Scientists at the Department of Clinical Neurology at Oxford University are working on a prototype that would help people who have very little or blurry vision in their eyes look for things around them, and find directions and signposts.
The glasses that would look like a normal pair of glasses, would use technology that is readily available in cell phones and video game equipment like video cameras, face recognition and tracking, depth sensors etc. The glasses would have cameras fitted at the corners which would “look” at the object that’s in front of the wearer, and tiny led lights embedded in the glasses would transmit extra information about the object (see image above). The lights in the glasses are driven by a “smartphone like computer” that would be in the wearer’s pocket. The glasses would look discrete, thus allowing eye contact and encouraging social interaction. These glasses may also have barcode scanners and price tag readers built into them – features that are common in today’s smart phones. The glasses may cost around $800.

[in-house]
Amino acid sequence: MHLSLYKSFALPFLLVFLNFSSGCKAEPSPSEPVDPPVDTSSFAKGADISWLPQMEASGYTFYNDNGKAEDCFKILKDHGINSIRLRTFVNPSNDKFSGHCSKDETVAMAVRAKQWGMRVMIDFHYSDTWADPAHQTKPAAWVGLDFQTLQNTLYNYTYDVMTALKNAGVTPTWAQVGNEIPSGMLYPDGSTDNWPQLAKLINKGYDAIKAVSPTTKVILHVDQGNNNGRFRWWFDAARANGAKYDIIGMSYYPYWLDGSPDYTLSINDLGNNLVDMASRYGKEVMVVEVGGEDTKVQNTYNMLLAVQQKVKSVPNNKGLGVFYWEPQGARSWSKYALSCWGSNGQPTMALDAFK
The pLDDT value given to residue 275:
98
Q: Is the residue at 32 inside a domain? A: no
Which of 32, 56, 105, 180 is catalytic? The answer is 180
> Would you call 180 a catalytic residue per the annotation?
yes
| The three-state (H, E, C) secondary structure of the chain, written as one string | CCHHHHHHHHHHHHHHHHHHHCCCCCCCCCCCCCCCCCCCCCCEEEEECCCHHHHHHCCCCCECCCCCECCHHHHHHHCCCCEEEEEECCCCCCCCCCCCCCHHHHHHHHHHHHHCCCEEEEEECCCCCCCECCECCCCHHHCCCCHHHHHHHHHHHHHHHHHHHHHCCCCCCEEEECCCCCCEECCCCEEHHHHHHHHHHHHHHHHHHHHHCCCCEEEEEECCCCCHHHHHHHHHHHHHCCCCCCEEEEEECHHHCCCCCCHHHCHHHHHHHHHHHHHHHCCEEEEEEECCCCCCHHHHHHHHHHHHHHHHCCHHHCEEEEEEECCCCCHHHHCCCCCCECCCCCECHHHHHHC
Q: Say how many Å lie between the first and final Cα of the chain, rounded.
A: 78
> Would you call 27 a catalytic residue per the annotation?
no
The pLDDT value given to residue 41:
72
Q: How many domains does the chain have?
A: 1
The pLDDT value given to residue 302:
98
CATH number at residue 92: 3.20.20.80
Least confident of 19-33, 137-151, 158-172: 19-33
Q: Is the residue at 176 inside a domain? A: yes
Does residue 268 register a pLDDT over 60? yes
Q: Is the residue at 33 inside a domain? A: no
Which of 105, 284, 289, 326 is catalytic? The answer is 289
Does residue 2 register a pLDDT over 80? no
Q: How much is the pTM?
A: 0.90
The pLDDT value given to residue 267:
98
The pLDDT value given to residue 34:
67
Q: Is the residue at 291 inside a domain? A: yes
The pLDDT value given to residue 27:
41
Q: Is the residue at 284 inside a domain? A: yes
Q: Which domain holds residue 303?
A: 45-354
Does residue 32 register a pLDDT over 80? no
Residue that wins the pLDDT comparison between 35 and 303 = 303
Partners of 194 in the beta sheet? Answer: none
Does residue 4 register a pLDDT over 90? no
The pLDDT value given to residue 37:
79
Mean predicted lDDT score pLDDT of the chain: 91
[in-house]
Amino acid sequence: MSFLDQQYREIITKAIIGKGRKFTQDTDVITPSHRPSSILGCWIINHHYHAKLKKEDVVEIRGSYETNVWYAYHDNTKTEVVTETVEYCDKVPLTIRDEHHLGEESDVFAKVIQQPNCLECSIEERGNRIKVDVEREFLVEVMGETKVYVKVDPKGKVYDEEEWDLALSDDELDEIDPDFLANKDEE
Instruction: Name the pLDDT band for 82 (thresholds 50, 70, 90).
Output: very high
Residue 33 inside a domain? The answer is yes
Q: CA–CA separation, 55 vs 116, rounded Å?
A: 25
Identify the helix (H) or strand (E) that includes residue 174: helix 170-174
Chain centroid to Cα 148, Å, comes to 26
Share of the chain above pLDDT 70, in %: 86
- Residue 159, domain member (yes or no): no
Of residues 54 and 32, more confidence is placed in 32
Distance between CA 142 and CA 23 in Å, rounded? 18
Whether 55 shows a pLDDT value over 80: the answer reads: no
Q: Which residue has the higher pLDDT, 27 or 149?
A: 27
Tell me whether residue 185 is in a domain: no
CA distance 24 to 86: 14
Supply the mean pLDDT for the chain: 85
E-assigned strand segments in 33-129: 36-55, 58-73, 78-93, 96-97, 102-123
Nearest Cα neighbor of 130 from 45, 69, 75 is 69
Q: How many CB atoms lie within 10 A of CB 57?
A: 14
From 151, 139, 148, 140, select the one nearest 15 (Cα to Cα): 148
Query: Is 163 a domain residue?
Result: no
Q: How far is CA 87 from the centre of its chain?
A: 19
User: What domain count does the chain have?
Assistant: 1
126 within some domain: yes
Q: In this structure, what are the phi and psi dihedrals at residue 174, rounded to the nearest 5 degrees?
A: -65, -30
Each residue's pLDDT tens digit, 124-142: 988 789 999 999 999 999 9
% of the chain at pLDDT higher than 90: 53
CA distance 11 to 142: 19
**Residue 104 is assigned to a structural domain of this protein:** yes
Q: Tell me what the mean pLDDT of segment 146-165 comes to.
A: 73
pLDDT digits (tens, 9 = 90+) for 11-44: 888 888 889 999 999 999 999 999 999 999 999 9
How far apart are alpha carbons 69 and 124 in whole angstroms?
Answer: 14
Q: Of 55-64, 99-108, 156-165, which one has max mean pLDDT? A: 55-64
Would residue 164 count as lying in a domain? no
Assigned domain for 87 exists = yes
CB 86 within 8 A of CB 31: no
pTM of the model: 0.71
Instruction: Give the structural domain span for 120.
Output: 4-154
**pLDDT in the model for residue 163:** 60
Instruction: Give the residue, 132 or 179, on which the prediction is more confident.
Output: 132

As I mentioned earlier, these glasses are still at very inititial stages. However, the good news is that the group has funding from the National Institute of Health Research to do a feasibility study. They plan to test the glasses on a few people later this year.